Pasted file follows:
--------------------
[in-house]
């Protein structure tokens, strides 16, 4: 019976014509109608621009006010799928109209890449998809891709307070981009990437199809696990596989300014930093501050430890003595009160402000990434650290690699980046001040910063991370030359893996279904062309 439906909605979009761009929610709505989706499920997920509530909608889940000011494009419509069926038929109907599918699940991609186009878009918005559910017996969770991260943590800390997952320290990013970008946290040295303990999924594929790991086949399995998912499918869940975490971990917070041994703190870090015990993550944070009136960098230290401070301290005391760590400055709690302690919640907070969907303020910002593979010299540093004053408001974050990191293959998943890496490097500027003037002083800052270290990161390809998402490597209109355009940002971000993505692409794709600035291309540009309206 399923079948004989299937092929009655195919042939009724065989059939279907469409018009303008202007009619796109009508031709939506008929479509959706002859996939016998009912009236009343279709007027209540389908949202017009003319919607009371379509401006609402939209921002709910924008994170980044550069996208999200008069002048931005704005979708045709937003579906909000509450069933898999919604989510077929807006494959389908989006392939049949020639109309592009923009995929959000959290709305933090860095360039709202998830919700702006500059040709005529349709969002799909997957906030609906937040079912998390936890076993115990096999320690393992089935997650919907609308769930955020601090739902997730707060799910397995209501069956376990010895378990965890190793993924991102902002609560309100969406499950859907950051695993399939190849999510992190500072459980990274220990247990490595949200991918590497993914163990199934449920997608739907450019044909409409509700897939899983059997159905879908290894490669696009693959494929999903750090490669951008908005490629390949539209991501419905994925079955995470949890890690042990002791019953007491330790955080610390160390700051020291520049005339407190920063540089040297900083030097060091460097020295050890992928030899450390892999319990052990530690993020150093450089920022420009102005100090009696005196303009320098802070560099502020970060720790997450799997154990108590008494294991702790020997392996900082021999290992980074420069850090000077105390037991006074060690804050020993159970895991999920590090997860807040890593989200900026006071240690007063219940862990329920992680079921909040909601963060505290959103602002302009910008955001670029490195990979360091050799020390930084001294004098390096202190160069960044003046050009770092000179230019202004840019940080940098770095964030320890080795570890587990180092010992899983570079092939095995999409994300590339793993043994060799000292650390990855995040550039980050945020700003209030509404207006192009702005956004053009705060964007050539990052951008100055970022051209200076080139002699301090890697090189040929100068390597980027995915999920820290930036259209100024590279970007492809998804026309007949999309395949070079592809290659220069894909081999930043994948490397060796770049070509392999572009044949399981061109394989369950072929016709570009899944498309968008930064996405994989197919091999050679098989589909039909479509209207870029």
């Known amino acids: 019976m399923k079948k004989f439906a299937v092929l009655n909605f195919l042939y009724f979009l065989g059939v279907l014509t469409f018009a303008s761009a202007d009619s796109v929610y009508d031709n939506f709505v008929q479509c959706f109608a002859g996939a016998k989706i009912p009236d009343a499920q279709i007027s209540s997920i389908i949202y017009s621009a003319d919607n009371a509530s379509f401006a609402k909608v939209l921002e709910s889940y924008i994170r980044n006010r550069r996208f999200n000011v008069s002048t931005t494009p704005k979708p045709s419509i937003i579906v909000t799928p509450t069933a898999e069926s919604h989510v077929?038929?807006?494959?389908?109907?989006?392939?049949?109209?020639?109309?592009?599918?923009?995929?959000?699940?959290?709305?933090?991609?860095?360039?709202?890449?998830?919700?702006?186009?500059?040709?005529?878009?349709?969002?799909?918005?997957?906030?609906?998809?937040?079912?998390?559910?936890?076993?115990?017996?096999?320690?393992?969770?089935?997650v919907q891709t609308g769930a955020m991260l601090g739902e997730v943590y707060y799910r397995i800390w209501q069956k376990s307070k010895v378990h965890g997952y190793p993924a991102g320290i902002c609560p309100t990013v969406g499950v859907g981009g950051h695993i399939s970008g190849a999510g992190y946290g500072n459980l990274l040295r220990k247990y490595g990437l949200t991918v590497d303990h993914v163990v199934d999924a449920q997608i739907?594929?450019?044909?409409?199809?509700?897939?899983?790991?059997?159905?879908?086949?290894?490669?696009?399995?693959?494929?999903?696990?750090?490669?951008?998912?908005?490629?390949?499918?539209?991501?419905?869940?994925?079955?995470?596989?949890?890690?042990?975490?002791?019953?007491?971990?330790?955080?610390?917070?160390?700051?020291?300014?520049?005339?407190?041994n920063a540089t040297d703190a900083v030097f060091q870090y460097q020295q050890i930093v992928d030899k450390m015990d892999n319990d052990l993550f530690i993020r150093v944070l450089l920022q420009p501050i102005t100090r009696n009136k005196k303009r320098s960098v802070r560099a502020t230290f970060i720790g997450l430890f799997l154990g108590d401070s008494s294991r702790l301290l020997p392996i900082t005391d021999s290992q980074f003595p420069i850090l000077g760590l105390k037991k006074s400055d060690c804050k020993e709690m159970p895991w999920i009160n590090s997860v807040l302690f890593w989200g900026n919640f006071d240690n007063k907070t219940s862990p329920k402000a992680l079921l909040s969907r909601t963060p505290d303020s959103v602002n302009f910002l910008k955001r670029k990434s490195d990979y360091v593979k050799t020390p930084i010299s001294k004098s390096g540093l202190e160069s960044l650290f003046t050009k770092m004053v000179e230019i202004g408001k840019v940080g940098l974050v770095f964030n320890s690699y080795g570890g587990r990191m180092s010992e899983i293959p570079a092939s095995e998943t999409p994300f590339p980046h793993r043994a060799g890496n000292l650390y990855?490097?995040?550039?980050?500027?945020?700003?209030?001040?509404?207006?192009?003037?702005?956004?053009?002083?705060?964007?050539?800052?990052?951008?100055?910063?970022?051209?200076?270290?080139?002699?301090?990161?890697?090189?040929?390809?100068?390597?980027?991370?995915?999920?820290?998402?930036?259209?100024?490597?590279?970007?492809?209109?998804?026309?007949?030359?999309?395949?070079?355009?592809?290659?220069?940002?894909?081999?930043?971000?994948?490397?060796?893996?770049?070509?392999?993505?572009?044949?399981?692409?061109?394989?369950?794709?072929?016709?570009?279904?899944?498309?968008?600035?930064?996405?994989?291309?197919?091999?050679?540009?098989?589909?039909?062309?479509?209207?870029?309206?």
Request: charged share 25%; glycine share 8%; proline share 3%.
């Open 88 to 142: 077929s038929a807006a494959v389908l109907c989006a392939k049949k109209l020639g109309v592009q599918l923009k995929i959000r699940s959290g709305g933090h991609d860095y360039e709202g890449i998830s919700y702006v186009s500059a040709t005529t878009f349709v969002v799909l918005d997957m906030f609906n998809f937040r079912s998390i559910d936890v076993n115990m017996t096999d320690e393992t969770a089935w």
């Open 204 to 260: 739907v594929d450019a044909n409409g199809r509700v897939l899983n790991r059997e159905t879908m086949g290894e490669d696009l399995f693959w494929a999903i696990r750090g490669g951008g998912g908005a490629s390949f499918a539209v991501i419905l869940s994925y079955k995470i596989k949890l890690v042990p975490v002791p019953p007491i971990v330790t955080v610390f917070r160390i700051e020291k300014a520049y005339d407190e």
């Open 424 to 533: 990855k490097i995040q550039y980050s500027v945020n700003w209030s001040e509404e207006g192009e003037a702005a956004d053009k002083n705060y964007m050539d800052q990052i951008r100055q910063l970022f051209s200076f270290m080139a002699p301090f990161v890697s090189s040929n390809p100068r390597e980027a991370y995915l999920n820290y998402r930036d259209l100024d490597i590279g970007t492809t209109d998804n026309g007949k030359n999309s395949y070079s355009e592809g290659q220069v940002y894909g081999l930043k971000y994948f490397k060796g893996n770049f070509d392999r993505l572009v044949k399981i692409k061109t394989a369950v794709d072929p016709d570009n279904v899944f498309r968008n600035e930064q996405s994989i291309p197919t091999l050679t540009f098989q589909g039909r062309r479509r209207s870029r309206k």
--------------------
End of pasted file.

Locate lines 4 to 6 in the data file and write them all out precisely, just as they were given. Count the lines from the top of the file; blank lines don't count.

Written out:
Request: charged share 25%; glycine share 8%; proline share 3%.
């Open 88 to 142: 077929s038929a807006a494959v389908l109907c989006a392939k049949k109209l020639g109309v592009q599918l923009k995929i959000r699940s959290g709305g933090h991609d860095y360039e709202g890449i998830s919700y702006v186009s500059a040709t005529t878009f349709v969002v799909l918005d997957m906030f609906n998809f937040r079912s998390i559910d936890v076993n115990m017996t096999d320690e393992t969770a089935w």
């Open 204 to 260: 739907v594929d450019a044909n409409g199809r509700v897939l899983n790991r059997e159905t879908m086949g290894e490669d696009l399995f693959w494929a999903i696990r750090g490669g951008g998912g908005a490629s390949f499918a539209v991501i419905l869940s994925y079955k995470i596989k949890l890690v042990p975490v002791p019953p007491i971990v330790t955080v610390f917070r160390i700051e020291k300014a520049y005339d407190e």